then walk it so the flat side is toward the hay bale

and drop it over the hay bale.

The last step is positioning the ring so it's even all around making it easier for the five horses to eat. 

The dogs help by providing entertainment...Daisy on the left, Sadie in the middle and Sam on the, jump, bark and generally have a high ole time. Sometimes I join in and then we all take a toes up on the pasture to enjoy heavenly scenery. 

And in the "whoever said God doesn't have a sense of humor department" might remember when, first of January, I was bemoaning the fact my wood supply was, dangerously, low. To some folks I mentioned I wanted a supply of black locust because it has the best BTU's of any wood around here, burns cleanly and leaves few ashes. I also mentioned that to God but on the next to last day in January, I figured He had other plans for me. ... Until I remembered Charlie's son had a small business selling wood. In nasty weather, on the last day of January, B. and his friend, delivered a load of wood, directly to my back porch! The wood rack had three pieces of spongy, sorry looking wood.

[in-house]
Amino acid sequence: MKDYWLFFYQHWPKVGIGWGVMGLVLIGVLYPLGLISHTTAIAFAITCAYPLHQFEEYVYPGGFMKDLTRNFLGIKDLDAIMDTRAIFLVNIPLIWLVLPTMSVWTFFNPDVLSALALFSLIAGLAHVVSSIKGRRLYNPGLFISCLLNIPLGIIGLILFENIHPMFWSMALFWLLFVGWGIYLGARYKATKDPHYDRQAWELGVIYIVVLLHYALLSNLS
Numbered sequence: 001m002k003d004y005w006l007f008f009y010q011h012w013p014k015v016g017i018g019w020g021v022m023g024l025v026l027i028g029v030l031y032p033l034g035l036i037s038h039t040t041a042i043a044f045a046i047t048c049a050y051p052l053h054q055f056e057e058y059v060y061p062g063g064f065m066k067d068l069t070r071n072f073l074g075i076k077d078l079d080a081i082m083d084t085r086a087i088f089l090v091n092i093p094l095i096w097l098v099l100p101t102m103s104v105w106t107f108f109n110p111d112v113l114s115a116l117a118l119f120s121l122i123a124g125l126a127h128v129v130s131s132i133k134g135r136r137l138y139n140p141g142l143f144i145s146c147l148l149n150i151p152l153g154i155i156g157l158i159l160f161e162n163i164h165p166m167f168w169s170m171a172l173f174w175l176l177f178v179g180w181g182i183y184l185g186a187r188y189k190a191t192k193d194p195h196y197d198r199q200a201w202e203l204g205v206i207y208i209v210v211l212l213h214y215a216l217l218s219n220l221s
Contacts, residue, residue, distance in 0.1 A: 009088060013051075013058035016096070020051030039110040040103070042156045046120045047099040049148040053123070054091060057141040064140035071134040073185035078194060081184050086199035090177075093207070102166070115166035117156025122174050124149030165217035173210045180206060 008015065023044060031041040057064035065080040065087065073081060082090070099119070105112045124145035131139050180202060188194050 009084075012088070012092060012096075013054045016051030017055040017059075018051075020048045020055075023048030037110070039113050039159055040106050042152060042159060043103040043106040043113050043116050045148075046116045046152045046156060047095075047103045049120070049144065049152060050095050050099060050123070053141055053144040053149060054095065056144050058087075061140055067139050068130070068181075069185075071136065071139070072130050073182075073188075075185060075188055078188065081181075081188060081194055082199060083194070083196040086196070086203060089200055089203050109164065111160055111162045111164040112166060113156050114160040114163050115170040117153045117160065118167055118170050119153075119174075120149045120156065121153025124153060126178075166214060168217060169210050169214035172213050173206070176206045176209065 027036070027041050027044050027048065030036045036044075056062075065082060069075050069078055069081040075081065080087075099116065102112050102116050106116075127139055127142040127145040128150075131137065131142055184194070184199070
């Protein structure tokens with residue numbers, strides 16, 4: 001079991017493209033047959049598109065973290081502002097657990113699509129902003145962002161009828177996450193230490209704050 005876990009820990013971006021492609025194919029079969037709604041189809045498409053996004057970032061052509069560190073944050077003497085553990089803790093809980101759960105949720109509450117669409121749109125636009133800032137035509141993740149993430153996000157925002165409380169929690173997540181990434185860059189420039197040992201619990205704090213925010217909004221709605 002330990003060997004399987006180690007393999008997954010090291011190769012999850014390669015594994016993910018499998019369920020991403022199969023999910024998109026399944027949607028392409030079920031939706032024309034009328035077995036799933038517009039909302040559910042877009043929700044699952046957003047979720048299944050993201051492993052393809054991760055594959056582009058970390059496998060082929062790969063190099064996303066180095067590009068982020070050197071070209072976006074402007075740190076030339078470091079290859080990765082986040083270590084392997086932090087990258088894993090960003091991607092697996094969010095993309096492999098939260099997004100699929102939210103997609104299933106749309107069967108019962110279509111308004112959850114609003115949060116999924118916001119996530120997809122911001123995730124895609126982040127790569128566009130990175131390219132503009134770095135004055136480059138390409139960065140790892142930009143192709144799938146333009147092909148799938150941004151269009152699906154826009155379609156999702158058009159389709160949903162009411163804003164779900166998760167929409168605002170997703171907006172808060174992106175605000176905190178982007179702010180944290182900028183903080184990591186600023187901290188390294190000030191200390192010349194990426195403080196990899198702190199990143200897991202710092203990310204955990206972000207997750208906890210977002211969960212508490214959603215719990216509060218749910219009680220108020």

While the young men were working, I asked, "I'm not good with wood but that looks like oak, is it?" B. stopped working, turned to me, looked me in the eye and said, "No ma'm, it's black locust we cut out of a fence line about four years ago so it should be plenty dry. We really appreciate you buying wood from us." 

I started laughing, raised my hands to the ski and said, "Thank you, God!" The young man grinned and looked at me. I said, "First of January, I asked God for a load of black locust and, honestly, figured He'd forgotten but this proves me wrong! I bet there's laughter in heaven right about now." (Truly, I know God doesn't forget but sometimes it's easy to confuse myself.) 

I ordered three more loads and will, probably, order more before summer. I like having wood stored in the barn; makes me feel like I've got a hold on winter before it gets here next year. This young man is impressive! He shows respect by stopping his work, looking me in the eye, listening and responding with beautiful manners. Several times he said, "Thank you for buying wood; we really appreciate it." Pick me up off the floor! Charlie, you and K. have done a fabulous job; I love this boy...may I have him, please?